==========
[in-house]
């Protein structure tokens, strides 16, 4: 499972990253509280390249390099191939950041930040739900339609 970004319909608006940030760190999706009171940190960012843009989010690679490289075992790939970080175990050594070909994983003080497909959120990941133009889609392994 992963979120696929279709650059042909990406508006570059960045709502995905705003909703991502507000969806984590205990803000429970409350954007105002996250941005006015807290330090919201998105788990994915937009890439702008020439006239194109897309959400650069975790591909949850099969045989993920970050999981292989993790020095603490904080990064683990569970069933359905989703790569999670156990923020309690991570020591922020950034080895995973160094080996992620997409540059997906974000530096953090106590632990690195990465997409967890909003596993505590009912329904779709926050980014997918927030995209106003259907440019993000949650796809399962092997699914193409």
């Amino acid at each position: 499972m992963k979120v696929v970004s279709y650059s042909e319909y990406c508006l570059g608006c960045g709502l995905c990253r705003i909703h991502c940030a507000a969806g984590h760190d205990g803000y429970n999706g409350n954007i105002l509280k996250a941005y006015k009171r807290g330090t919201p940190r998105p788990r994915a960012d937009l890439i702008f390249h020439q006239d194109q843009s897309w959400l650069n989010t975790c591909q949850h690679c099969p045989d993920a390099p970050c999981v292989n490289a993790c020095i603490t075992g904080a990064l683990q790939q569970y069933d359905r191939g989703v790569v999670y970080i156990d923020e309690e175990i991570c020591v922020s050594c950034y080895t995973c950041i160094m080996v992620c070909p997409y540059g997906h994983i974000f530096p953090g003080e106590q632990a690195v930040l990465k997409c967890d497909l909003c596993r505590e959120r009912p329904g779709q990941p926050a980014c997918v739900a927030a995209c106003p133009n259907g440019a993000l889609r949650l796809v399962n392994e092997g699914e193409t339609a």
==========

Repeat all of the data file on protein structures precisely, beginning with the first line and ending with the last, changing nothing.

[in-house]
């Protein structure tokens, strides 16, 4: 499972990253509280390249390099191939950041930040739900339609 970004319909608006940030760190999706009171940190960012843009989010690679490289075992790939970080175990050594070909994983003080497909959120990941133009889609392994 992963979120696929279709650059042909990406508006570059960045709502995905705003909703991502507000969806984590205990803000429970409350954007105002996250941005006015807290330090919201998105788990994915937009890439702008020439006239194109897309959400650069975790591909949850099969045989993920970050999981292989993790020095603490904080990064683990569970069933359905989703790569999670156990923020309690991570020591922020950034080895995973160094080996992620997409540059997906974000530096953090106590632990690195990465997409967890909003596993505590009912329904779709926050980014997918927030995209106003259907440019993000949650796809399962092997699914193409």
């Amino acid at each position: 499972m992963k979120v696929v970004s279709y650059s042909e319909y990406c508006l570059g608006c960045g709502l995905c990253r705003i909703h991502c940030a507000a969806g984590h760190d205990g803000y429970n999706g409350n954007i105002l509280k996250a941005y006015k009171r807290g330090t919201p940190r998105p788990r994915a960012d937009l890439i702008f390249h020439q006239d194109q843009s897309w959400l650069n989010t975790c591909q949850h690679c099969p045989d993920a390099p970050c999981v292989n490289a993790c020095i603490t075992g904080a990064l683990q790939q569970y069933d359905r191939g989703v790569v999670y970080i156990d923020e309690e175990i991570c020591v922020s050594c950034y080895t995973c950041i160094m080996v992620c070909p997409y540059g997906h994983i974000f530096p953090g003080e106590q632990a690195v930040l990465k997409c967890d497909l909003c596993r505590e959120r009912p329904g779709q990941p926050a980014c997918v739900a927030a995209c106003p133009n259907g440019a993000l889609r949650l796809v399962n392994e092997g699914e193409t339609a």